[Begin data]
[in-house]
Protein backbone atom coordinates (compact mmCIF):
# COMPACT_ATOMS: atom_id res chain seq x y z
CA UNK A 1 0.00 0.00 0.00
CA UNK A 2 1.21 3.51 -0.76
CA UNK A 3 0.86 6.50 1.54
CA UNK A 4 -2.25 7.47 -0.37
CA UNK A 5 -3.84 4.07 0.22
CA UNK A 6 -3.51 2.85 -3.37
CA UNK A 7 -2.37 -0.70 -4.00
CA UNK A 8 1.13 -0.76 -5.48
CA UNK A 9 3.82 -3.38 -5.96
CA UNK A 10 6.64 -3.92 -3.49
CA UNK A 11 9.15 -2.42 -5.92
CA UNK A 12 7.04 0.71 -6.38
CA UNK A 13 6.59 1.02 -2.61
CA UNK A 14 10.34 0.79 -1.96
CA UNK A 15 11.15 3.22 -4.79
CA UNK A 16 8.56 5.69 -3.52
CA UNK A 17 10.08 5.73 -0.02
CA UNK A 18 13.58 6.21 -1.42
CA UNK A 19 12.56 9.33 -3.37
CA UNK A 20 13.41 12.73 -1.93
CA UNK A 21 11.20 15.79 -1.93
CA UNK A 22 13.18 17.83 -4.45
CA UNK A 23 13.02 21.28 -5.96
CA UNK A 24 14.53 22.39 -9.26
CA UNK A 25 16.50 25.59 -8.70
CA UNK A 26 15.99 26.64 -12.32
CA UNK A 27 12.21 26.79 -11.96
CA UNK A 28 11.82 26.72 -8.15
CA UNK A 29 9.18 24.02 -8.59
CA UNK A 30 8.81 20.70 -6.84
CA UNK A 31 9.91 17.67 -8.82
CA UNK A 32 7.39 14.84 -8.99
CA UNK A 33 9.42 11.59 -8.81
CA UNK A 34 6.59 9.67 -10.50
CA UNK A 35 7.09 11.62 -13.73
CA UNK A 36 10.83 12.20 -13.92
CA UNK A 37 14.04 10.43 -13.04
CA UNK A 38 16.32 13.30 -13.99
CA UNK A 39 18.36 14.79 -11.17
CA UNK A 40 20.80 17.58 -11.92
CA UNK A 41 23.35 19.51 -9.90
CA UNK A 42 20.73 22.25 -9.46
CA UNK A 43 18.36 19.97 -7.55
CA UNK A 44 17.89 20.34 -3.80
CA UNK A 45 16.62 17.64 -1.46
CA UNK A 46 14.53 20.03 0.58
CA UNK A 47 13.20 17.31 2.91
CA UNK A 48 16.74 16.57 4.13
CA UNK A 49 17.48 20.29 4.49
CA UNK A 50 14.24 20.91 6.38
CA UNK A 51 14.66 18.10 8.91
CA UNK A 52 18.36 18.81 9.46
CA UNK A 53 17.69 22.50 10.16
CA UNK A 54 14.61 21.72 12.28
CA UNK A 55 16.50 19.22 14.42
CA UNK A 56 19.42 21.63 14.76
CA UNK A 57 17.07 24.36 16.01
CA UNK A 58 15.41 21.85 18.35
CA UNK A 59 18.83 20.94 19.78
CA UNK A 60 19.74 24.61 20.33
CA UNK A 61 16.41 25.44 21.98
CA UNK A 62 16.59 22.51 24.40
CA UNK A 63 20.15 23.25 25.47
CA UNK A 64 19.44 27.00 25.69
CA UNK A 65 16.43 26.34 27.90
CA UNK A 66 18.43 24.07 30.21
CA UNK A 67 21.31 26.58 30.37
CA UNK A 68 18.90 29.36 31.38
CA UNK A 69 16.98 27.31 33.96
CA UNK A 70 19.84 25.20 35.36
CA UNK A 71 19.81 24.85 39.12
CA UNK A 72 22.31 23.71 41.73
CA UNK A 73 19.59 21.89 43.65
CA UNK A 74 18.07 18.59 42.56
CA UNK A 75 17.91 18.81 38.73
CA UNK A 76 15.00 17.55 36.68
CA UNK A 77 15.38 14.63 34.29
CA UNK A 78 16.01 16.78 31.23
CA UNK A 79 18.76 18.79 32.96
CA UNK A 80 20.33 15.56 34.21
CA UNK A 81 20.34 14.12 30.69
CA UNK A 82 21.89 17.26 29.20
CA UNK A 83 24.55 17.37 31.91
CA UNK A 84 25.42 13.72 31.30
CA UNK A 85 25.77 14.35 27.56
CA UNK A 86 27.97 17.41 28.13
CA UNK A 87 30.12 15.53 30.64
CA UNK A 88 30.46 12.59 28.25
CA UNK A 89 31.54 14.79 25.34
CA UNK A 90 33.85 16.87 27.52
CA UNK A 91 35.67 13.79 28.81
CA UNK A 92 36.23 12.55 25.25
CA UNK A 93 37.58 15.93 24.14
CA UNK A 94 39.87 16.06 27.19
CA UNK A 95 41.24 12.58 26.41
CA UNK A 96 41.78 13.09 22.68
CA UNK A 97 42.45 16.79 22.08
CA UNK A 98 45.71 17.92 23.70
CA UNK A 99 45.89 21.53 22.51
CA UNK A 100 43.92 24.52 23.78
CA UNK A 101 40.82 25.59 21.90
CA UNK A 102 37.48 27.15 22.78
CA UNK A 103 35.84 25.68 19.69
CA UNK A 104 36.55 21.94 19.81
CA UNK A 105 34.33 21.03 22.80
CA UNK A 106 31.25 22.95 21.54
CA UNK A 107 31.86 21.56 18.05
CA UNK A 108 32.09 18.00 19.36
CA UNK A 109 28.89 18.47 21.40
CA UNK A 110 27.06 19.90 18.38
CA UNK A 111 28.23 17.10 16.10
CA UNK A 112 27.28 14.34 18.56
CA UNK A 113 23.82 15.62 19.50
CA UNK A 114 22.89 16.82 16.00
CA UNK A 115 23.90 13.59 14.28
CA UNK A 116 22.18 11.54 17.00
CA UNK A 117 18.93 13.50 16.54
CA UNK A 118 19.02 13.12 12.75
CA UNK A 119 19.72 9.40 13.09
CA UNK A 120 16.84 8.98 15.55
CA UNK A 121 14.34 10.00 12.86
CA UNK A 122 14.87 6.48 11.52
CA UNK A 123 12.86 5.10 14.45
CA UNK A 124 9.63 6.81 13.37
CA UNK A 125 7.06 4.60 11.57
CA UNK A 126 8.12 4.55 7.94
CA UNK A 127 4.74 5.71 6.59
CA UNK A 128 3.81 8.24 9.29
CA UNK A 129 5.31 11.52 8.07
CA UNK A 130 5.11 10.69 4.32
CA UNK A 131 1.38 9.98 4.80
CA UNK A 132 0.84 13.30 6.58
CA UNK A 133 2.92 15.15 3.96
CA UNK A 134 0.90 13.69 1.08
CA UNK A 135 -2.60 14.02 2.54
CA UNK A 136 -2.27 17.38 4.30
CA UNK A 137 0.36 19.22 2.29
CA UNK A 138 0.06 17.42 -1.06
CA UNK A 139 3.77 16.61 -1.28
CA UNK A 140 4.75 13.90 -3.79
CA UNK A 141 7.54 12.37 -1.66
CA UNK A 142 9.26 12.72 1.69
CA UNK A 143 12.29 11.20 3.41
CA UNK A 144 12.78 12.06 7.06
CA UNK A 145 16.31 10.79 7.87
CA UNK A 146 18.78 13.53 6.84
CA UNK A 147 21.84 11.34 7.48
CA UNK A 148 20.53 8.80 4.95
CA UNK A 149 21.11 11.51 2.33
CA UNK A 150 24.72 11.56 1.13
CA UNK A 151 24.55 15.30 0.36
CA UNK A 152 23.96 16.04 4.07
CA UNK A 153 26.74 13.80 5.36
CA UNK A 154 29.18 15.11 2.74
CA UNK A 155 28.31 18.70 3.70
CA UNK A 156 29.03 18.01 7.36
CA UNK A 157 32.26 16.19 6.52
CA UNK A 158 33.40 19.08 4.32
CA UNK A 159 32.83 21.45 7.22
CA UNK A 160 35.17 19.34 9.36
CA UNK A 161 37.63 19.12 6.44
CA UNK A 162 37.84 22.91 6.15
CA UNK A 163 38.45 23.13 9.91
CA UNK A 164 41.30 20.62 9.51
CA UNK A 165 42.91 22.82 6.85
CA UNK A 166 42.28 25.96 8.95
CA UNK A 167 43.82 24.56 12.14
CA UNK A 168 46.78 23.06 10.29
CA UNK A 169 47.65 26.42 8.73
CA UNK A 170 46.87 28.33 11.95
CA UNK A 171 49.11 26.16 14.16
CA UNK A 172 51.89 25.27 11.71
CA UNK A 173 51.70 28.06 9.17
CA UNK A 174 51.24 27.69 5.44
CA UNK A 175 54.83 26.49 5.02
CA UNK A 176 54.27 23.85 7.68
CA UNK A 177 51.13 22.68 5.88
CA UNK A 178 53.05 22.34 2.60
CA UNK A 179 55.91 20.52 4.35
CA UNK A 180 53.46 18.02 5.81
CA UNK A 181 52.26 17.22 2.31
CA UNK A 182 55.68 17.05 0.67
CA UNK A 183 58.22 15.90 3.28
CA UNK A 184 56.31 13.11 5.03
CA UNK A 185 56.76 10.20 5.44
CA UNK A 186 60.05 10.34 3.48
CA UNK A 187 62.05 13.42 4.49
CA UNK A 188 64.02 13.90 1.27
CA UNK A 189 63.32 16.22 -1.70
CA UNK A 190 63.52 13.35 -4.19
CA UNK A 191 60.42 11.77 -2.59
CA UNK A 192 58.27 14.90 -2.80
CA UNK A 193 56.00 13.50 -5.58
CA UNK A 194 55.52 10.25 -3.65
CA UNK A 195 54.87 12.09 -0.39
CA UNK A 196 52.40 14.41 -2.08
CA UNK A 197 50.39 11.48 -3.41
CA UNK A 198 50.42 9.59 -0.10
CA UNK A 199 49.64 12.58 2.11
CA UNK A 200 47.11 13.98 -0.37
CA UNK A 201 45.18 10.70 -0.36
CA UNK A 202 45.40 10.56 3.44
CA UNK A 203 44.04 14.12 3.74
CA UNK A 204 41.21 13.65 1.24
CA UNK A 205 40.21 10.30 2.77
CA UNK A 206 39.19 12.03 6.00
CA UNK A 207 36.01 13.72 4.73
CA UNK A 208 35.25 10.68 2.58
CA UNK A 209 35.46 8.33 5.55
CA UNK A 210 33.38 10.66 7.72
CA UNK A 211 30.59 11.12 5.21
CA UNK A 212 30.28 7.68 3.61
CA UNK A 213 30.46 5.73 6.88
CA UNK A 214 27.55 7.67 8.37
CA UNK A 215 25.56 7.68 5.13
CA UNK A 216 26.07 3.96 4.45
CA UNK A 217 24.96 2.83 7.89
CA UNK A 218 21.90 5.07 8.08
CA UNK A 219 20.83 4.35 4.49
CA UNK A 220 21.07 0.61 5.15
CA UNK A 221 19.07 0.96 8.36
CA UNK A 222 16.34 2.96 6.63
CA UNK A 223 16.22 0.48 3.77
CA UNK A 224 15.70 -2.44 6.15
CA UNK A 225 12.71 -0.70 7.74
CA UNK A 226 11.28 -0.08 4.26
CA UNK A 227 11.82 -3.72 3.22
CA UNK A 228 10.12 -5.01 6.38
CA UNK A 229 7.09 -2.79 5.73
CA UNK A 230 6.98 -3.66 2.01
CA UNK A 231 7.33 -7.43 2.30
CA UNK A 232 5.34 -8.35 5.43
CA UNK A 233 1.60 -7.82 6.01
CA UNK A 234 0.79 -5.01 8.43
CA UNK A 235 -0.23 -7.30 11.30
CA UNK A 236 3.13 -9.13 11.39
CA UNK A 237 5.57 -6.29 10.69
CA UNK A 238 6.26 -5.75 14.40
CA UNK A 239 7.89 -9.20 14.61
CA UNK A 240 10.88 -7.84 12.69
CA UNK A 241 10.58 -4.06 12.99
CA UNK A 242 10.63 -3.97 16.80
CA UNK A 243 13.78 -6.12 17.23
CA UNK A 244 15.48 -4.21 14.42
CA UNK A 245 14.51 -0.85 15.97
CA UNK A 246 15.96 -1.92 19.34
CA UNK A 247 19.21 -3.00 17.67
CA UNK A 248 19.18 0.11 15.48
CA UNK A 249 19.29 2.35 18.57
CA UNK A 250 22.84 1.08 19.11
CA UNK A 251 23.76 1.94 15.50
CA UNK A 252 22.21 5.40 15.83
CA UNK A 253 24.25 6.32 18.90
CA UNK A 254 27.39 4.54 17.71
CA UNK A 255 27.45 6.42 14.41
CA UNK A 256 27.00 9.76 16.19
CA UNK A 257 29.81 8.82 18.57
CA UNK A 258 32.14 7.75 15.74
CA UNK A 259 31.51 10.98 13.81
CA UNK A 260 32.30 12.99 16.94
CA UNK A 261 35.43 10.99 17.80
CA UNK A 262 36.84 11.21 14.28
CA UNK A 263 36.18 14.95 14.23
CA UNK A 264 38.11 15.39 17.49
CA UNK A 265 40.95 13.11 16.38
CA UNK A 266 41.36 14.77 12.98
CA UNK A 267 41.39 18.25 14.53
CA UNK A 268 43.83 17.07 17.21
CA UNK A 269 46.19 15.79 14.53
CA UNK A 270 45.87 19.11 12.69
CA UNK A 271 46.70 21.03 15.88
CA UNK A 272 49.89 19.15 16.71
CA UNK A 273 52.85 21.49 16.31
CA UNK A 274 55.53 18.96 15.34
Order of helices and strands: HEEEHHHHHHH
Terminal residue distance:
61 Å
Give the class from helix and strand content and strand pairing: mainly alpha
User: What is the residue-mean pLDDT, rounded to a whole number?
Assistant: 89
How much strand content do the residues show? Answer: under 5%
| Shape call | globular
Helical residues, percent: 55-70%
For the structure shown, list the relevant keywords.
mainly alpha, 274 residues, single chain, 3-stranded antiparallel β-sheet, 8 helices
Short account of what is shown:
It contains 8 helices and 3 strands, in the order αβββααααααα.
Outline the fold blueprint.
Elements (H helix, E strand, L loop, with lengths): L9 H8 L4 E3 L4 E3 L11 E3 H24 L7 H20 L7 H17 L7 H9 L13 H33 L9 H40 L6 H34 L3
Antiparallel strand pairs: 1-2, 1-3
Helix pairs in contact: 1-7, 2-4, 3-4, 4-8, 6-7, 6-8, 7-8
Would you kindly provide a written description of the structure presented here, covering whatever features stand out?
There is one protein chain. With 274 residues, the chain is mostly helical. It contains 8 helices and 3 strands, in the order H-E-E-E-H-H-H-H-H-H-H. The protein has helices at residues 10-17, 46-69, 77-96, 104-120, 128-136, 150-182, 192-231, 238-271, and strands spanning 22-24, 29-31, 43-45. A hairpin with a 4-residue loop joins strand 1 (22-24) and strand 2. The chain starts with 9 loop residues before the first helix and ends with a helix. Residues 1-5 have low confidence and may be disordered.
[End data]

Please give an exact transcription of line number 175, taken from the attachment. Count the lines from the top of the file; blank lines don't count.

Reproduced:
CA UNK A 172 51.89 25.27 11.71